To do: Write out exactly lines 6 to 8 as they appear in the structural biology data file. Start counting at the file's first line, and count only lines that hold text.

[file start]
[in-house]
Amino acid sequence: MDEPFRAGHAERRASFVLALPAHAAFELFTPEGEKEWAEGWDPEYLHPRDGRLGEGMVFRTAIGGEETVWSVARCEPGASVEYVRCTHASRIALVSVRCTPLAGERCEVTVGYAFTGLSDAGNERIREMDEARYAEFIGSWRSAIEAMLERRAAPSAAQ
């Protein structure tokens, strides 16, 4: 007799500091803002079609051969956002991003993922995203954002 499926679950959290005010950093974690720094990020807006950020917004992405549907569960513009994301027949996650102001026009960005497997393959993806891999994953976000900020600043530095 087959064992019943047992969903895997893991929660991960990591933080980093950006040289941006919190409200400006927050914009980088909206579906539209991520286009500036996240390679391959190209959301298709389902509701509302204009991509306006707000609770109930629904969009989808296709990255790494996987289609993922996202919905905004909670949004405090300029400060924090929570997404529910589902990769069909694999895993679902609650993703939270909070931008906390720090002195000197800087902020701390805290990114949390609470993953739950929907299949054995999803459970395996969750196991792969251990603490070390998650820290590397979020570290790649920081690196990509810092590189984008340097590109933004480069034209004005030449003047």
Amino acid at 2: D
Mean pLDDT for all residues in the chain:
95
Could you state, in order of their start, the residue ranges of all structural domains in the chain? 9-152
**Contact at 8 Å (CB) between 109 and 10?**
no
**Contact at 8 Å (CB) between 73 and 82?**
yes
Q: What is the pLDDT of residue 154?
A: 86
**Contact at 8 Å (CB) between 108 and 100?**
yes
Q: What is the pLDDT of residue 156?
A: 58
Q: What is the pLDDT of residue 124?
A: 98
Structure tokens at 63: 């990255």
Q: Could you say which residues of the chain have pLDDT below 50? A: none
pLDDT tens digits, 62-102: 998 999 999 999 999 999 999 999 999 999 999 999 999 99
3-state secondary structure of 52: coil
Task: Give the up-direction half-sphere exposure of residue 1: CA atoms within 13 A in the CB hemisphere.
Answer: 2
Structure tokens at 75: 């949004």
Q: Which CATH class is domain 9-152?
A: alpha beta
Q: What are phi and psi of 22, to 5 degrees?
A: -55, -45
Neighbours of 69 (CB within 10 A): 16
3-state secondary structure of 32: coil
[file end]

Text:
95
Could you state, in order of their start, the residue ranges of all structural domains in the chain? 9-152
**Contact at 8 Å (CB) between 109 and 10?**